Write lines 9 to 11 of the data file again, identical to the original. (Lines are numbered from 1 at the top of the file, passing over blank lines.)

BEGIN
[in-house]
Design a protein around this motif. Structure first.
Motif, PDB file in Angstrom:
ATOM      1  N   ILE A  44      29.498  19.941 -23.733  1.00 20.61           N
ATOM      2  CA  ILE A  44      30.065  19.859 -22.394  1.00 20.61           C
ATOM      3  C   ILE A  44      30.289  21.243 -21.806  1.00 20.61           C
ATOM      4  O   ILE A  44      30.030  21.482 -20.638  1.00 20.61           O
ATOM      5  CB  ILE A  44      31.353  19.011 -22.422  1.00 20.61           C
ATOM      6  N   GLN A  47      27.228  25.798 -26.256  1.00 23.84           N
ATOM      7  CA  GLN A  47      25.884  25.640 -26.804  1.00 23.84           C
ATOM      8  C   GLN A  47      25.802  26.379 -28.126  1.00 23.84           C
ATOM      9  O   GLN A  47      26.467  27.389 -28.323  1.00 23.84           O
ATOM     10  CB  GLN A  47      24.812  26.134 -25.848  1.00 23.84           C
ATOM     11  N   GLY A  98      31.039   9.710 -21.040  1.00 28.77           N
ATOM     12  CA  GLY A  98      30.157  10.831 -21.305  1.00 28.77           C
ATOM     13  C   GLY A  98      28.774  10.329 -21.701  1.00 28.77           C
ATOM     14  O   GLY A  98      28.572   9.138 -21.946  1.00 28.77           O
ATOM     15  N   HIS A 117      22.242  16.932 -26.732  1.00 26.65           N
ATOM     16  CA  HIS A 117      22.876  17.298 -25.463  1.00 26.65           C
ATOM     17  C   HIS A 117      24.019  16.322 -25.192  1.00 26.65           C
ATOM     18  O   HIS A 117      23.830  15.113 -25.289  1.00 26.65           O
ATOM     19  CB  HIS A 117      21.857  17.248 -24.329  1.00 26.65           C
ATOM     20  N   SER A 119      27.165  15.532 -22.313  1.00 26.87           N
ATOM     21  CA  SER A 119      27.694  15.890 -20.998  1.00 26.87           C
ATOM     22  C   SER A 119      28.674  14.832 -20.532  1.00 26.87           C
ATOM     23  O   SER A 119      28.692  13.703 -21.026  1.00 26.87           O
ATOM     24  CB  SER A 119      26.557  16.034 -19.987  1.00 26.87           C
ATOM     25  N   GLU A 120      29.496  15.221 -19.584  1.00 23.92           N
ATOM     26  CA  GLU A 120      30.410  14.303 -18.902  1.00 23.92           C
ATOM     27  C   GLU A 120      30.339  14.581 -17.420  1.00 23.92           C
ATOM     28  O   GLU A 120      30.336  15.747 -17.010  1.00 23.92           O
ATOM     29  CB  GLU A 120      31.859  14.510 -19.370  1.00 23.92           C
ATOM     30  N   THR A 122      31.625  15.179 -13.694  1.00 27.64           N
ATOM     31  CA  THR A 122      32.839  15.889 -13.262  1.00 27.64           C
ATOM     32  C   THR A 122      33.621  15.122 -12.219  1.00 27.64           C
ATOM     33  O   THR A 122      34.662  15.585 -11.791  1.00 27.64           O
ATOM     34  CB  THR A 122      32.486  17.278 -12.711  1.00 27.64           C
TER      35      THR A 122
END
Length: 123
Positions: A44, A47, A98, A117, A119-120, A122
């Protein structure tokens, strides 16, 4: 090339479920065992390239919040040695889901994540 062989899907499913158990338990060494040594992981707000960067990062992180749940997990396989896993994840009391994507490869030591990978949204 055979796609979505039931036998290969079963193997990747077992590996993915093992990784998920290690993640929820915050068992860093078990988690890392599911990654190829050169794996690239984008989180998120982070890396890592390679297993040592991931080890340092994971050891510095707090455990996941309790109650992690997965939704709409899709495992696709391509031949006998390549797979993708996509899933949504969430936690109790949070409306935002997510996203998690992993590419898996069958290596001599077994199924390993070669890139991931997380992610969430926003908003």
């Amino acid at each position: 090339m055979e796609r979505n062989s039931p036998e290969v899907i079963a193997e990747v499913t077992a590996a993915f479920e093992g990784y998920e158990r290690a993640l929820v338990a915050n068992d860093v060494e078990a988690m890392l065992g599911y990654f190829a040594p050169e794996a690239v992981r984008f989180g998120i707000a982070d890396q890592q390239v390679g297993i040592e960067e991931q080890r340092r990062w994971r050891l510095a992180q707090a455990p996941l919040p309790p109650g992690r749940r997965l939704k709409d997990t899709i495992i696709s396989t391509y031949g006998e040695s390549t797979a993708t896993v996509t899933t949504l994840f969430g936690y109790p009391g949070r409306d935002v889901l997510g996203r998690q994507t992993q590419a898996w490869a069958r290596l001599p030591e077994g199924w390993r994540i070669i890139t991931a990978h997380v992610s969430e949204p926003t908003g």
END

ATOM      6  N   GLN A  47      27.228  25.798 -26.256  1.00 23.84           N
ATOM      7  CA  GLN A  47      25.884  25.640 -26.804  1.00 23.84           C
ATOM      8  C   GLN A  47      25.802  26.379 -28.126  1.00 23.84           C